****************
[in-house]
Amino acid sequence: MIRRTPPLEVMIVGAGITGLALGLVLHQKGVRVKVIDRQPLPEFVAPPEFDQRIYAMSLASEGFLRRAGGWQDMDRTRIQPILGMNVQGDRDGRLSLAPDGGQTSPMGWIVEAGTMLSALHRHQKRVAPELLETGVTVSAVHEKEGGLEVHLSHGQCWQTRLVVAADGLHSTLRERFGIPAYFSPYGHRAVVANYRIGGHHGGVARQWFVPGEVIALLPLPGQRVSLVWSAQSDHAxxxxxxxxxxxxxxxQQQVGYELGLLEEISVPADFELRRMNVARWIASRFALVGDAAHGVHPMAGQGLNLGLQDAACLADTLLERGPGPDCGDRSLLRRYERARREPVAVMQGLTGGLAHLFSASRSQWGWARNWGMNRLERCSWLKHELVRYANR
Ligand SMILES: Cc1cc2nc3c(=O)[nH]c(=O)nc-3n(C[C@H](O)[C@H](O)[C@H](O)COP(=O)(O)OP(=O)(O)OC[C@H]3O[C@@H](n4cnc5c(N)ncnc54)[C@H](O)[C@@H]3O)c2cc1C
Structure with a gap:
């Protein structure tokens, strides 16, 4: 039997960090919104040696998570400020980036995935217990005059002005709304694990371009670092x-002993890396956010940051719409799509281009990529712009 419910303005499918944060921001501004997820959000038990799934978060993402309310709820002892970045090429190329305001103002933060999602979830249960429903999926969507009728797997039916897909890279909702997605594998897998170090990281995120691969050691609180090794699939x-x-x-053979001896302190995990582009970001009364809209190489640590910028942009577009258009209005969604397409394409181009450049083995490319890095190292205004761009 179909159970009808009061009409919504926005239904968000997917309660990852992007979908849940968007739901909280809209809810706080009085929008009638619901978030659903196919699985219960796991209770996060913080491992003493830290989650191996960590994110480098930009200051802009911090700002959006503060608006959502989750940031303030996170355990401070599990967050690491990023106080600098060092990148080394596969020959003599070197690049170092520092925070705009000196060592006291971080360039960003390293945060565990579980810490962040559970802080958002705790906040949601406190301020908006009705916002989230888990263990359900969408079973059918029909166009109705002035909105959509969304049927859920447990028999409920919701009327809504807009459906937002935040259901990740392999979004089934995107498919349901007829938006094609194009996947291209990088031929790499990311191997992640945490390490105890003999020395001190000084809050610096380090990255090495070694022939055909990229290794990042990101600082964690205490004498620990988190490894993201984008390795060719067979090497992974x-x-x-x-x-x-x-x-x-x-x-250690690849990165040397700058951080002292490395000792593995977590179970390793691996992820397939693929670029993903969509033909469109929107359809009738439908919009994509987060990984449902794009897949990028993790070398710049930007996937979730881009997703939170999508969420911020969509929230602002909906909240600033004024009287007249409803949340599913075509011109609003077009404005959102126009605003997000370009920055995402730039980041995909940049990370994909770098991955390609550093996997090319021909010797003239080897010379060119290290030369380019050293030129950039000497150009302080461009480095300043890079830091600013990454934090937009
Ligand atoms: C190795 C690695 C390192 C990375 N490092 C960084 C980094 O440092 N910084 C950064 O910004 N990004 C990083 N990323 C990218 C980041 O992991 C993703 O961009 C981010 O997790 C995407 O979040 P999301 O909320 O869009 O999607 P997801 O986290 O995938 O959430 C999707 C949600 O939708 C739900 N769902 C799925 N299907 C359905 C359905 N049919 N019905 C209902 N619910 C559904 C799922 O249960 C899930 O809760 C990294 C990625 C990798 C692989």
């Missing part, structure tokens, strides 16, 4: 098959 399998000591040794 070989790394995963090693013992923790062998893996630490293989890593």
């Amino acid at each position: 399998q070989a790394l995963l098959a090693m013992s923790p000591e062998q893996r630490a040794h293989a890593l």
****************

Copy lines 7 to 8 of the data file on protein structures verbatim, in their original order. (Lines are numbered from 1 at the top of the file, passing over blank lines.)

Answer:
């Missing part, structure tokens, strides 16, 4: 098959 399998000591040794 070989790394995963090693013992923790062998893996630490293989890593």
């Amino acid at each position: 399998q070989a790394l995963l098959a090693m013992s923790p000591e062998q893996r630490a040794h293989a890593l």